“If you, like the magi, seek out the newborn Jesus this season, then this is how you must prepare: by seeking out the oppressed of our world, being immersed in their experiences, crying out to God on their behalf, and working against their oppressors, even against yourself.”
Advent always begins in the experiences of the oppressed.
Advent always begins with the understanding that the world is broken, that people are hurting, and that we do not yet live in the Kingdom of God.
That’s why we begin with the Hebrew prophets, who cry out against injustice and who call out for the inbreaking of God into the world. That’s why we sing O Come O Come Emmanuel, which points to the captive nature of humanity–exiled and mourning, fractured and fragmented in our relationships with one another. That’s why we pause, for four weeks out of the year, and confess that we do not have or know the answers–that we are just as afraid and confused as Jeremiah and Isaiah and Amos were, and that we are still waiting for the kind of salvation they waited for.
Advent always begins in the experiences of the oppressed. We profess and confess a faith predicated on the birth of–some say the incarnation of God in–a peasant boy to a young mother in dubious and dangerous circumstances. This birth that we await this season–it was overshadowed by the looming presence of Empire, the fiat of imperial violence, and the utter fragility of human existence. This child who comes in Advent was as insignificant as the suffering servant in Isaiah: “Like a root out of dry ground.” Advent is not a triumph. It is a nervous and fraught vigil. It is a protest against the status quo, a plea for God’s intervention in this mess we’ve made.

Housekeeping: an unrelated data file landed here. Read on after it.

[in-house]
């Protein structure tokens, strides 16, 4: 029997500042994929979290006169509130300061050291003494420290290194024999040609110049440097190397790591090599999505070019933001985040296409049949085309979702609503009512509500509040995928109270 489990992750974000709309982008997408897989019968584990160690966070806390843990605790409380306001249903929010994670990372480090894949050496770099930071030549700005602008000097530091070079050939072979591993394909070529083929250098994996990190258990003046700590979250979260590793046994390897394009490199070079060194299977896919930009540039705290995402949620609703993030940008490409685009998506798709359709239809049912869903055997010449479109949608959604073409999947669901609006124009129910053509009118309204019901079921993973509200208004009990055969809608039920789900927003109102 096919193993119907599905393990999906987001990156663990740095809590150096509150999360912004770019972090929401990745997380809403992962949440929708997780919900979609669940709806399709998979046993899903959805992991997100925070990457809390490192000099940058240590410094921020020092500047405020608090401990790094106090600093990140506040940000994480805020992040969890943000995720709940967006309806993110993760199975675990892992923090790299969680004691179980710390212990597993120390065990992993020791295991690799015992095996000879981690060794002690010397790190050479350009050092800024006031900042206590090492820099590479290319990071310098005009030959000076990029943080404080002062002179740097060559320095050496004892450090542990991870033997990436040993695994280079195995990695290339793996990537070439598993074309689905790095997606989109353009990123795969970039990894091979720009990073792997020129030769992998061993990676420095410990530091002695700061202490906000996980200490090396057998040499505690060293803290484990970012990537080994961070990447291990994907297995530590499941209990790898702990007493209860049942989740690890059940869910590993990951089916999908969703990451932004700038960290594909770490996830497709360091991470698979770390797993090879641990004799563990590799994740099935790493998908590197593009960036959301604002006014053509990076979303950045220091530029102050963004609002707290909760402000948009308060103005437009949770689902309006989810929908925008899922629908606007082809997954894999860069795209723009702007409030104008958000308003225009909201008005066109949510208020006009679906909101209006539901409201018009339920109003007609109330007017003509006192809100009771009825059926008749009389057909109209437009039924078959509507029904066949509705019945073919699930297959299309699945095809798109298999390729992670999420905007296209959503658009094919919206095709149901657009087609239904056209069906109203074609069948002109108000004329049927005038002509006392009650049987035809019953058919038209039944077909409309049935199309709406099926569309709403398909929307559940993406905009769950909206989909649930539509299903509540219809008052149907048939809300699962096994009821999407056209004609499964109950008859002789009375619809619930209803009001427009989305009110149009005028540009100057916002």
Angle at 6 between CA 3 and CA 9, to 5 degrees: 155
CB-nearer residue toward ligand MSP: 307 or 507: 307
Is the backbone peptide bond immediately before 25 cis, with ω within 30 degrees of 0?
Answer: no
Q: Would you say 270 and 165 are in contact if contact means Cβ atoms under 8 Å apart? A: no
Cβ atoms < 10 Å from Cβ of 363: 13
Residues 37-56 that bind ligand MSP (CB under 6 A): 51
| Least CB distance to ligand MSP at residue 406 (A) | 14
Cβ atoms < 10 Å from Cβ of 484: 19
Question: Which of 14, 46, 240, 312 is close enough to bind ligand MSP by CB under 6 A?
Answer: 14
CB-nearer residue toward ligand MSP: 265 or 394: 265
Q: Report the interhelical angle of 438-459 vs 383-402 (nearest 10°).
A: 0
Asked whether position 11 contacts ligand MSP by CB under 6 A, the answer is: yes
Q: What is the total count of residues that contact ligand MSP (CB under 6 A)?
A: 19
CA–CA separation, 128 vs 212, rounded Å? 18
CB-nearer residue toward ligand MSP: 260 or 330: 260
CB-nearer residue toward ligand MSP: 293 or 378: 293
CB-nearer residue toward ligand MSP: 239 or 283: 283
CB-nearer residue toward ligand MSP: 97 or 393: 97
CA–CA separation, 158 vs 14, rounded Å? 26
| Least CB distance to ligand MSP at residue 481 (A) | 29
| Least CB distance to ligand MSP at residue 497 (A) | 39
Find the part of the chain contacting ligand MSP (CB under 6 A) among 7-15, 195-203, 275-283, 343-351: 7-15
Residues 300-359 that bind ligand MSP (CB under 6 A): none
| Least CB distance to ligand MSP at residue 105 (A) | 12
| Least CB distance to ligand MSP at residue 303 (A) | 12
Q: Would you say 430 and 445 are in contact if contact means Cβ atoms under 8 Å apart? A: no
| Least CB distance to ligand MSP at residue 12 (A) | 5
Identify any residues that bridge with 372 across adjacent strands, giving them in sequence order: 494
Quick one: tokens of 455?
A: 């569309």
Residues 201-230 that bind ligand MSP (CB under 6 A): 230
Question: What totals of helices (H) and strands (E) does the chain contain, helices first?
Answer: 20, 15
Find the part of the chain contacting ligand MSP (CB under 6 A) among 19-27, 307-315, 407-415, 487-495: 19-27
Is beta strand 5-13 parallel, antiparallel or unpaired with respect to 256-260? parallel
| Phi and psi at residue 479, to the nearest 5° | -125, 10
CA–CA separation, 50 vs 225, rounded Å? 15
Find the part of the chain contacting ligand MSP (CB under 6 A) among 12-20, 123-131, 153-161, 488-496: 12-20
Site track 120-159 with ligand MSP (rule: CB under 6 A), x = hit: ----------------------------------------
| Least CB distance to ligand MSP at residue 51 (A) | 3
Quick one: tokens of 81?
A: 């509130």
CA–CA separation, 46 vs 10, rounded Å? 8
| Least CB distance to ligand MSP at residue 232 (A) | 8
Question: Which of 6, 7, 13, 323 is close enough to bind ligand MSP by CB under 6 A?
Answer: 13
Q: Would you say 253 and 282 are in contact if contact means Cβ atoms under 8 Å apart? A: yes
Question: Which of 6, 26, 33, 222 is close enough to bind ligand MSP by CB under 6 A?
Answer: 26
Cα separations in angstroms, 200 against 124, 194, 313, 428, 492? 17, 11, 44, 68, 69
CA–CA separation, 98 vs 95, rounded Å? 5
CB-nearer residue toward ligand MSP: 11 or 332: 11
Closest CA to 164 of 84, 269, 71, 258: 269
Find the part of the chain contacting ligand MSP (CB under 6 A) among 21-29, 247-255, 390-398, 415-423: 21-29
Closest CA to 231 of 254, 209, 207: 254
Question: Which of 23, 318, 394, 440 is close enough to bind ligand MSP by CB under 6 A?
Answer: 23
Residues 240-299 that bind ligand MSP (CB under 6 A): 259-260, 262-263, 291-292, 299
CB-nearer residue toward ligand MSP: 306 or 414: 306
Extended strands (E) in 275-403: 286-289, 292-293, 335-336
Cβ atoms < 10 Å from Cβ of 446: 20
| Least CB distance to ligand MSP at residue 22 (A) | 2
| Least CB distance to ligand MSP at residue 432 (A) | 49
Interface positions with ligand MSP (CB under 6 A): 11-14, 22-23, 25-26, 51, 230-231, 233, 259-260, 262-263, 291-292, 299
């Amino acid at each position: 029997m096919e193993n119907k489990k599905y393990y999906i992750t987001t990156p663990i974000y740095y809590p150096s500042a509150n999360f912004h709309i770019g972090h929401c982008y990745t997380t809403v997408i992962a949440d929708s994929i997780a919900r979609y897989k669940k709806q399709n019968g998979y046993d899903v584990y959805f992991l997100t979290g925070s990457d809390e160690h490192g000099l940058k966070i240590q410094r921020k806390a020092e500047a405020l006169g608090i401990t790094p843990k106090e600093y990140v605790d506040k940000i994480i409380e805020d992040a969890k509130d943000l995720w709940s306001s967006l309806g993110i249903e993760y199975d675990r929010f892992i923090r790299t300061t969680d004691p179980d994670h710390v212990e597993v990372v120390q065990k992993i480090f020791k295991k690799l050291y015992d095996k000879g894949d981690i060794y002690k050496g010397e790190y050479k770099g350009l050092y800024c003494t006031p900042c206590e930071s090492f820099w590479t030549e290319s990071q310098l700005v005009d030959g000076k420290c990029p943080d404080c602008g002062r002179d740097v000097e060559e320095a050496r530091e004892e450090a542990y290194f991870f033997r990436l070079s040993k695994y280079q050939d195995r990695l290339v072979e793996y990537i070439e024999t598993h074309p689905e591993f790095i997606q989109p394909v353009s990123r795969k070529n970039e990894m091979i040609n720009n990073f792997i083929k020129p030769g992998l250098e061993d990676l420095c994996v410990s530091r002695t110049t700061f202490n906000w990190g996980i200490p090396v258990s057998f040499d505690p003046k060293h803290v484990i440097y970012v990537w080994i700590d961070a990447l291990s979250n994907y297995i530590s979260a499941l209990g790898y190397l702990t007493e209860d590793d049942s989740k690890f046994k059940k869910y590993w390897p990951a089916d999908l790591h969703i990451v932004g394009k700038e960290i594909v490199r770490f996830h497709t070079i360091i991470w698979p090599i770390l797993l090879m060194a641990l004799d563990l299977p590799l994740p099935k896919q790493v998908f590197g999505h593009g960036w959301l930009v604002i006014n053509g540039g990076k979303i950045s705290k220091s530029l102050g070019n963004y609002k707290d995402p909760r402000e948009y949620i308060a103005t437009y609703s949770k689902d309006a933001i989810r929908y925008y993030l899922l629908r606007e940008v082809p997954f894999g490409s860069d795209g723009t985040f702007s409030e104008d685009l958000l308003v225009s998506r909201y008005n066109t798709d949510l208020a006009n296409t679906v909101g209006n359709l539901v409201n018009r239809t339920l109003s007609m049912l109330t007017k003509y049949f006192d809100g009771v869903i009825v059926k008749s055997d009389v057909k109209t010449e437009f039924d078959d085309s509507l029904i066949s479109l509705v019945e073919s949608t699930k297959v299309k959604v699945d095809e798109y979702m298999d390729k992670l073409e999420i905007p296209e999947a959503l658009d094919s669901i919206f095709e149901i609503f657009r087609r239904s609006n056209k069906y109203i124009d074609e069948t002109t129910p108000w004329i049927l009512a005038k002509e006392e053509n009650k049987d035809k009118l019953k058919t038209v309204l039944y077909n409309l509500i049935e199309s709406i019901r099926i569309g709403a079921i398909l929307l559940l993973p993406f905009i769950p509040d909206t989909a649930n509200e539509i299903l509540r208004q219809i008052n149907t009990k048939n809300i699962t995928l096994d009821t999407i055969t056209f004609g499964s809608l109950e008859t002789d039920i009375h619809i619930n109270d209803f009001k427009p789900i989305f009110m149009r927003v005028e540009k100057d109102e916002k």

To prepare for Advent, we must be immersed in the experiences of the oppressed, as the prophets were, and as Mary and Joseph were. This is the only possible beginning place if we prepare to receive a savior. Those of us with privileges (white, male, straight, and so on) that help us escape oppression, or that turn us into oppressors, must forsake those privileges. Those of us who live in obliviousness to the lives of young women pregnant in dubious circumstances (like Mary), or people prophesying in the rubble of their former lives (like Isaiah), or under the threat of state violence (like the infant Jesus) cannot possibly prepare ourselves for Advent. We cannot possibly receive this savior. Advent always begins in the experiences of the oppressed.
If you, like the magi, seek out the newborn Jesus this season, then that is how you must prepare. Not by shopping or parties or giving or receiving or any of the usual trappings of this time. You must prepare by seeking out the oppressed of our world, being immersed in their experiences, crying out to God on their behalf, and working against their oppressors, even against yourself. Stand in the streets and cry out like Isaiah, coyly subvert tyrants like the magi, lie down in the low places like Joseph and his family, and, like Mary, labor to bring forth something new and hopeful into this world.
Then, among the the prophets and the weary travelers and the lowing cattle and all those trampled underfoot by this world–trampled underfoot even by you, yourself–there, in the midst of the experiences of the oppressed–you will be prepared for Advent.
The Rev. Dr. Eric C. Smith is Visiting Assistant Professor of the History of Christianity and New Testament Studies at Iliff School of Theology in Denver, CO, and a Teaching Minister at First Plymouth Congregational Church in Englewood, CO.